• Monitoring the quality of healthcare products using a set of specific criteria when the products are being imported; 
  • Using a sampling plan which determines such aspects as the sampling sites, techniques to be used, as well as the sampling plan; 
  • Complying with the applicable requirements during the transportation and storage of the samples collected, incline the instructions communicated by the manufacturer, to ensure the characteristics and properties of the product in question are not affected adversely by the factors the product could be subject to during storage and transportation. 
  • The samples collected should be transported by the transportation and storage requirements provided by the manufacturer. Furthermore, it should be explicitly stated that all the samples are intended for testing purposes only, and should not be made available to customers. 


Testing: Key Points 

As further described by the authority, the personnel of the Quality Control (QC) laboratory should participate in creating market surveillance plans. In particular, they will be responsible for advising on technical matters related to the tests to be performed, the number of samples needed, and other similar matters, including the development of a sampling form. 

When describing the role of QS laboratories, the authority emphasizes the following aspects: 

  • The laboratory should have all the necessary equipment and staff to be able to conduct testing as prescribed by the appropriate testing protocol. 
  • The laboratory should also agree on costs based on the number of samples subject to evaluation. 
  • In the case of several QS laboratories involved in the testing process, all the samples should be divided among them.
  • An entity responsible for a medical device subject to the evaluation should enter into the appropriate agreement with the laboratory, addressing all the key points related to the evaluation process.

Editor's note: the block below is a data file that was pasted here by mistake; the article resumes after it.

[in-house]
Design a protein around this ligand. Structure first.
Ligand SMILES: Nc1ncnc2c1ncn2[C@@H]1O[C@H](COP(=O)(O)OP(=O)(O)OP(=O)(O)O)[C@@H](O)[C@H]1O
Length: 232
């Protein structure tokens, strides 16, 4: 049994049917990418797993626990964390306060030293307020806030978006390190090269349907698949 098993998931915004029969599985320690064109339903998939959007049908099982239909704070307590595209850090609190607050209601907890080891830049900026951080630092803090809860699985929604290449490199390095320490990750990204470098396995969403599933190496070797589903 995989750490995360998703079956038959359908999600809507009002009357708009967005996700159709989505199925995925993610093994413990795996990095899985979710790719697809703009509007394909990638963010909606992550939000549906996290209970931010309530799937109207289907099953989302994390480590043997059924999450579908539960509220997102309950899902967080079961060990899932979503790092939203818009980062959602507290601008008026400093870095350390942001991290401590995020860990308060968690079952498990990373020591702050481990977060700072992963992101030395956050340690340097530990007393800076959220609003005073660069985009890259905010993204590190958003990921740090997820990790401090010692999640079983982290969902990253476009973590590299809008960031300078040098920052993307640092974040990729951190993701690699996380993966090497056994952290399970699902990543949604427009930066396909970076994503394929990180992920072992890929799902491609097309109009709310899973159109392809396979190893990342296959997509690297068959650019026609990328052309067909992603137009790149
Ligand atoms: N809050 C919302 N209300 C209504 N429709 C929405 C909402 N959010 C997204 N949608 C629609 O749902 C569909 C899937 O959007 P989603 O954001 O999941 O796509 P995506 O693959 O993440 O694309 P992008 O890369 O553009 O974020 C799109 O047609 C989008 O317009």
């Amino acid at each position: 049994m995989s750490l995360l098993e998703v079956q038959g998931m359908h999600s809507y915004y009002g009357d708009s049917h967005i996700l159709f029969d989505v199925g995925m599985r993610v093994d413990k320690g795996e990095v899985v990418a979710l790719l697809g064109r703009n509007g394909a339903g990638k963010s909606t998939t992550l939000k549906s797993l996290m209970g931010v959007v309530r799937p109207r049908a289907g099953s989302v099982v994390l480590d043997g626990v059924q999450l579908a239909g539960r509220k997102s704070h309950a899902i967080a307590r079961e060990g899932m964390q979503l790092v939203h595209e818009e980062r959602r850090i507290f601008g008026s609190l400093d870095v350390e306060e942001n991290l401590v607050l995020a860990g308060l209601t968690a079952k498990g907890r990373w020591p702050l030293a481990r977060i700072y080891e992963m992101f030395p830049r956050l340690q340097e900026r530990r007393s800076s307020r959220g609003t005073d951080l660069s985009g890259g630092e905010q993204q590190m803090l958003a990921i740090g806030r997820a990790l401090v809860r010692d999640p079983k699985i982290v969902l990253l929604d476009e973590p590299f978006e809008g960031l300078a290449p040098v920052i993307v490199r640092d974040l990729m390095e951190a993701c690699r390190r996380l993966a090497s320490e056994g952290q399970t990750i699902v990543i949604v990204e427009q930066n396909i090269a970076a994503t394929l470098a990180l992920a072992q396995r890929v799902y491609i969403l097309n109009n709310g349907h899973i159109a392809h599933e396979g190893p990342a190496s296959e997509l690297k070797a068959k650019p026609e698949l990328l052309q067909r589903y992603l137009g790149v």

• The number of samples needed, as well as the scope of testing to be performed, should be determined based on the appropriate testing protocol. 
  • The QS laboratory is obliged to ensure the confidentiality of the information it receives in the context of testing conducted. 
  • The laboratory should duly keep all the records related to the testing conducted, and provide them to the authority upon request. 

Concerning the testing and the way it should be conducted, the authority outlines the following key points: 

  • As it was mentioned before, testing should be carried out strictly by the respective testing protocol to ensure the accuracy and reliability of the results. 
  • The scope of testing depends on the nature of the product in question and its specific features, and also on the goals to be achieved. 
  • The goals should be also considered when deciding on the specific testing methods and specifications to be applied. The authority additionally emphasizes that the samples of products manufactured by different manufacturers should be subject to testing based on the same approach to ensure the comparability of the results. 

In summary, the present guidance provides an overview of the existing regulatory requirements for post-market surveillance, including the ones related to the applicable procedures and sampling process. The document also describes in detail the requirements related to testing and highlights the most important aspects associated thereto.